Surgery, radiotherapy, and chemotherapy are the major therapeutic approaches for cervical cancer to date. However, these approaches often provide only limited efficiency for late stage of cervical cancers (6). Immunotherapies, particularly immune checkpoint inhibitors (ICIs), have recently demonstrated successes in treating various malignancies, including melanoma, lung cancer, bladder cancer, head and neck cancer, kidney cancer, liver cancer, breast cancer, cervical cancer, prostate cancer, and the cancers with high tumor mutation loads or mismatch repair deficiency (dMMR). Studies have shown that ICIs may result in the remission of virus infection-associated malignancies, including HPV infection-associated cervical (7) and head and neck (8) cancers. Nevertheless, the response rates to ICIs are relatively low, with currently only around 20% of cancer patients responding to ICIs (9). Thus, identifying the determinants of immunotherapy responses may aid in improving the cancer immunotherapeutic efficiency. Accumulating evidence has demonstrated that, certain molecular features, e.g., PD-L1 expression (10), high tumor mutation burden (TMB) (11), and dMMR (12), are associated with better immunotherapeutic responsiveness. In addition, the “hot” tumors with strong immune infiltration likely respond better to immunotherapy than the “cold” tumors with weak immune infiltration (13). Thus, differentiating “hot” tumors from “cold” tumors may facilitate the optimal selection of cancer patients for immunotherapy. With the recent emergence of massive multi-omics data in cancer research, many algorithms have been developed to uncover “hot” and “cold” tumor subtypes, such as unsupervised machine learning algorithms (14–16).
In the present study, we identified immune-related subtypes of HPV+ cervical cancers based on the enrichment of 29 immune signatures by unsupervised machine learning. This analysis identified two subtypes of HPV+ cervical cancers, which exhibited high and low enrichment of immune signatures, respectively, reproducibly in four different cohorts. Furthermore, we comprehensively compared clinical and molecular characteristics between both subtypes of HPV+ cervical cancers. This study could offer new understanding of the tumor biology as well as clinical implications for the management of HPV+ cervical cancer.
We downloaded multi-omics data for cervical squamous cell carcinoma and endocervical adenocarcinoma (CESC) in TCGA, termed TCGA-CESC (4), from the genomic data commons (GDC) data portal (https://portal.gdc.cancer.gov/). These multi-omics data included mRNA gene expression profiles (normalized by RSEM), somatic mutations (“maf” file), somatic copy number alterations (SCNAs) (“SNP6” files), protein expression profiles (Reverse Phase Protein Array (RPPA), normalized), and clinical data. We obtained a CESC transcriptomic dataset (SGCX) from a prior publication (17), and a CESC transcriptomic dataset (GSE29570) (18) from the NCBI gene expression omnibus (GEO) (https://www.ncbi.nlm.nih.gov/geo/). We also downloaded a single-cell transcriptomic dataset (GSE171894) for CESC from the NCBI GEO. A description of these datasets is shown in Supplementary Table S1.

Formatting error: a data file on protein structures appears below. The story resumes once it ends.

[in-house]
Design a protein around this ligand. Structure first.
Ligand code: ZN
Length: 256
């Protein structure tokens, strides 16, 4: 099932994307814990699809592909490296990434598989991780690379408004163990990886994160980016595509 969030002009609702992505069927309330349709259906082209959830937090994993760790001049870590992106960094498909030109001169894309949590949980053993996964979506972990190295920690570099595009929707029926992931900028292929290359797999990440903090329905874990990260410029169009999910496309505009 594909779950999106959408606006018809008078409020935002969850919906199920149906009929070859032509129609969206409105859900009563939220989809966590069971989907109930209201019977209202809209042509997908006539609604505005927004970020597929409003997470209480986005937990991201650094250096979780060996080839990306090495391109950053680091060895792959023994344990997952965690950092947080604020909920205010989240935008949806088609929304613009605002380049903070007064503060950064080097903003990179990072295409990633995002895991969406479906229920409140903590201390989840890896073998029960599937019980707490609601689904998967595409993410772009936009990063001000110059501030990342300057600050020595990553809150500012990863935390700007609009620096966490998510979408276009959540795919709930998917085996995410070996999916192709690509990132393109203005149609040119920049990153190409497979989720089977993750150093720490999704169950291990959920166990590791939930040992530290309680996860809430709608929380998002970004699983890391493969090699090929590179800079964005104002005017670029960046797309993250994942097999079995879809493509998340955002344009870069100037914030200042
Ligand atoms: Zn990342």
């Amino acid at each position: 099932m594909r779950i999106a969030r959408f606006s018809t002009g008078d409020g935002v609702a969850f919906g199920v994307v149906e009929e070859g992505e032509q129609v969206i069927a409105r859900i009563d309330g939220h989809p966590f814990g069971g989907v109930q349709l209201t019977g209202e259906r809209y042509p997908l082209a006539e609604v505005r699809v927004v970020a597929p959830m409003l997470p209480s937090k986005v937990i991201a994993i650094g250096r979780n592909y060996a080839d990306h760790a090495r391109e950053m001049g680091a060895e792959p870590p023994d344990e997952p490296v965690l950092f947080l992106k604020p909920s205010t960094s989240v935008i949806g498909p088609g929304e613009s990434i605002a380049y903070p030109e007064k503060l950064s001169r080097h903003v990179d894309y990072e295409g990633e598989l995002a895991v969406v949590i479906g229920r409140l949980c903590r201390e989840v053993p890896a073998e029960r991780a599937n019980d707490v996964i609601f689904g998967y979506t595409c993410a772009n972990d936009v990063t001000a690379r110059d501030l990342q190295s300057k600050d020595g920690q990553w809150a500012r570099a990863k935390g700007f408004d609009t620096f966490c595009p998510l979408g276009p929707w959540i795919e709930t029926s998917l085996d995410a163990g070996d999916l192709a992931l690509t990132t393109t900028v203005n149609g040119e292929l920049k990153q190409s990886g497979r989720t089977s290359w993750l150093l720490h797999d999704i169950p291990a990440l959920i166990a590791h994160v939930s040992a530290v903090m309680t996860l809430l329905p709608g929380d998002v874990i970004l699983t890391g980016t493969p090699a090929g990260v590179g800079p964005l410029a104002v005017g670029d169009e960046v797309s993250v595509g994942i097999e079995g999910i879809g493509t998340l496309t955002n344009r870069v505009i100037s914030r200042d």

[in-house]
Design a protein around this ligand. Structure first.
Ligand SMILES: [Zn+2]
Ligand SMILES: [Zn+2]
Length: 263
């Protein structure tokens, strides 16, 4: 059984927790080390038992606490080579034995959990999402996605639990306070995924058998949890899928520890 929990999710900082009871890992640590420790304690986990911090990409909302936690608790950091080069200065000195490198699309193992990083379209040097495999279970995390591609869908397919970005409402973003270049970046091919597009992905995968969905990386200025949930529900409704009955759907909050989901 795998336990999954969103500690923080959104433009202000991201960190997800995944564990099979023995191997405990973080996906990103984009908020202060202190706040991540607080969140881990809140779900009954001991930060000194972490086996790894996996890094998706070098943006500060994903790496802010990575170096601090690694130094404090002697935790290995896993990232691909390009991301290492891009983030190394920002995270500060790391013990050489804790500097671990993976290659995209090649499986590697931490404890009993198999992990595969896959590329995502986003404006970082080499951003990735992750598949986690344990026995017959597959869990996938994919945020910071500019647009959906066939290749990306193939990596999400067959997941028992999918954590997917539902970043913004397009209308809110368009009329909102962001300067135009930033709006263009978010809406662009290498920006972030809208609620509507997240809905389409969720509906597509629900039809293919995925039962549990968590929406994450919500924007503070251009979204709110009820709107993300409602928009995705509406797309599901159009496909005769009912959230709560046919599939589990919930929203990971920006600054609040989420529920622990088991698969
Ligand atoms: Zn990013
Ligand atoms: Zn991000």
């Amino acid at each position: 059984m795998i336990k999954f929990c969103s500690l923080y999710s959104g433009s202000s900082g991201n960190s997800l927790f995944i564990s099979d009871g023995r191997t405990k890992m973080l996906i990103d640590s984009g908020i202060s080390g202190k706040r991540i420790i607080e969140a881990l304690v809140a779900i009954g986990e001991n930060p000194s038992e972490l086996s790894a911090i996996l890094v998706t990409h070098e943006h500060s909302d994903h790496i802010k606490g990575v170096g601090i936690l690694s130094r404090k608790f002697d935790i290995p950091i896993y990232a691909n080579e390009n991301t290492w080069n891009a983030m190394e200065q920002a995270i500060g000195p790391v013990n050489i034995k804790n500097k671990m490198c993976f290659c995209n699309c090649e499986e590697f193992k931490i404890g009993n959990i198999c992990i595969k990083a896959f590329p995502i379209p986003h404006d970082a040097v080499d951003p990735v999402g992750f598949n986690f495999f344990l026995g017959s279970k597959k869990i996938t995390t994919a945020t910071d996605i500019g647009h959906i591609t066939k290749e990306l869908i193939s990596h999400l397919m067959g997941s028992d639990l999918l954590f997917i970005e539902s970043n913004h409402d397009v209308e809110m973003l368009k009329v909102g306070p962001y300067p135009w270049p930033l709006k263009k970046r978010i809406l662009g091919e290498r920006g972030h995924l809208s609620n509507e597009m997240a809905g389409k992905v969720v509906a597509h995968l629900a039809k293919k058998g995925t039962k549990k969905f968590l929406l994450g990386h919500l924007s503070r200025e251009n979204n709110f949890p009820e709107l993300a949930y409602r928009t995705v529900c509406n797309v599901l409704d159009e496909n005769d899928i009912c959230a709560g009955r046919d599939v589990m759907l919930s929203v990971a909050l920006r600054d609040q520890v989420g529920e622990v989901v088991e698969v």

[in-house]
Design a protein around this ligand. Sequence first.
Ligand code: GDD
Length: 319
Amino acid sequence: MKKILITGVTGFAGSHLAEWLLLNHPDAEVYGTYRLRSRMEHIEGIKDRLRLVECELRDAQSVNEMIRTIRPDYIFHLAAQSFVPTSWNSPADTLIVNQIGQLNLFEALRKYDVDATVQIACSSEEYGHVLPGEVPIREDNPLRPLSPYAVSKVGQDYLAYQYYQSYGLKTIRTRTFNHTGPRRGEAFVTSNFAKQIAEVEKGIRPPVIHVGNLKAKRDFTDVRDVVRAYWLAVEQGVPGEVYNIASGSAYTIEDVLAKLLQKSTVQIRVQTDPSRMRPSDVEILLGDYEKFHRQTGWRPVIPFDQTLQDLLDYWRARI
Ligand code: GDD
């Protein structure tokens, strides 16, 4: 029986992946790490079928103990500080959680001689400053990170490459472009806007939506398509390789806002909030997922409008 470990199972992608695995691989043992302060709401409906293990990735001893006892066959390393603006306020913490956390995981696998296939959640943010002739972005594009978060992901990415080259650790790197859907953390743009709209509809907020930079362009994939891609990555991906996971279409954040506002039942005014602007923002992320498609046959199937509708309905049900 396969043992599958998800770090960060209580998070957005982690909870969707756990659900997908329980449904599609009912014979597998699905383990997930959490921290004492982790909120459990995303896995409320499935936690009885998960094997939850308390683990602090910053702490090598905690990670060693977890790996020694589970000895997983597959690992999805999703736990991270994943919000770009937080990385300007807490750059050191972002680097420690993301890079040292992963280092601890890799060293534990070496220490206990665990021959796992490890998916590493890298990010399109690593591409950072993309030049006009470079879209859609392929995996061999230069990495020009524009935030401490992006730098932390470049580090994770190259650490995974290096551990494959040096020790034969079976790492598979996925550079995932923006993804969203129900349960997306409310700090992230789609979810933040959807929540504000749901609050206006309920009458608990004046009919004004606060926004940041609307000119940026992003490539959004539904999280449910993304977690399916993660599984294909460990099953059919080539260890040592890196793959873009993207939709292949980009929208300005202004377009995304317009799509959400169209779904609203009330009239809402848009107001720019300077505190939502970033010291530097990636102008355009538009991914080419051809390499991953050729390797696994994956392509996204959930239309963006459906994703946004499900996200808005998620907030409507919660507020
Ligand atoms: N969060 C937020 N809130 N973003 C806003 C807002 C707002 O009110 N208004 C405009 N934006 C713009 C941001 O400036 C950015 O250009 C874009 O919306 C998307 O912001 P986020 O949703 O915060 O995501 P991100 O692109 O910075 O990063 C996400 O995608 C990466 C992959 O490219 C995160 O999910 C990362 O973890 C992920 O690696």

Single-sample gene set enrichment analysis
We employed the single-sample gene set enrichment analysis (ssGSEA) (19) to assess the enrichment levels of immune signatures, biological processes, and pathways in tumors. The ssGSEA evaluates the enrichment score of a gene set in a sample based on the expression profiles of their marker or pathway genes (19). The marker or pathway genes of immune signatures, pathways, and biological processes we analyzed are listed in Supplementary Table S2. The “GSVA” R package (19) was utilized to perform the ssGSEA.
We identified immune-related subtypes of HPV+ cervical cancers by hierarchical clustering based on the enrichment scores of 29 immune signatures. These immune signatures included antigen presenting cell (APC) co-inhibition, APC co-stimulation, B cells, cytokine and cytokine receptor (CCR), CD8+ T cells, immune checkpoint, cytolytic activity, dendritic cells (DCs), activated DCs (aDCs), immature DCs (iDCs), plasmacytoid dendritic cells (pDCs), human leukocyte antigen (HLA), inflammation-promoting, macrophages, mast cells, major histocompatibility complex (MHC) class I, neutrophils, natural killer (NK) cells, parainflammation, T cell co-inhibition, T cell co-stimulation, T helper cells, T follicular helper (Tfh), T helper 1 (Th1) cells, T helper 2 (Th2) cells, tumor infiltrating lymphocytes (TILs), regulatory T (Treg) cells, Type I interferon (IFN) response, and Type II IFN response. Before clustering, we performed normalization of the ssGSEA scores by Z-score and transformed them into distance matrices by the R function “dist” with the parameter: method = “euclidean.” The hierarchical clustering was implemented with the function “hclust” in the R package “Stats” with the parameters: method = “ward.D2” and members = NULL.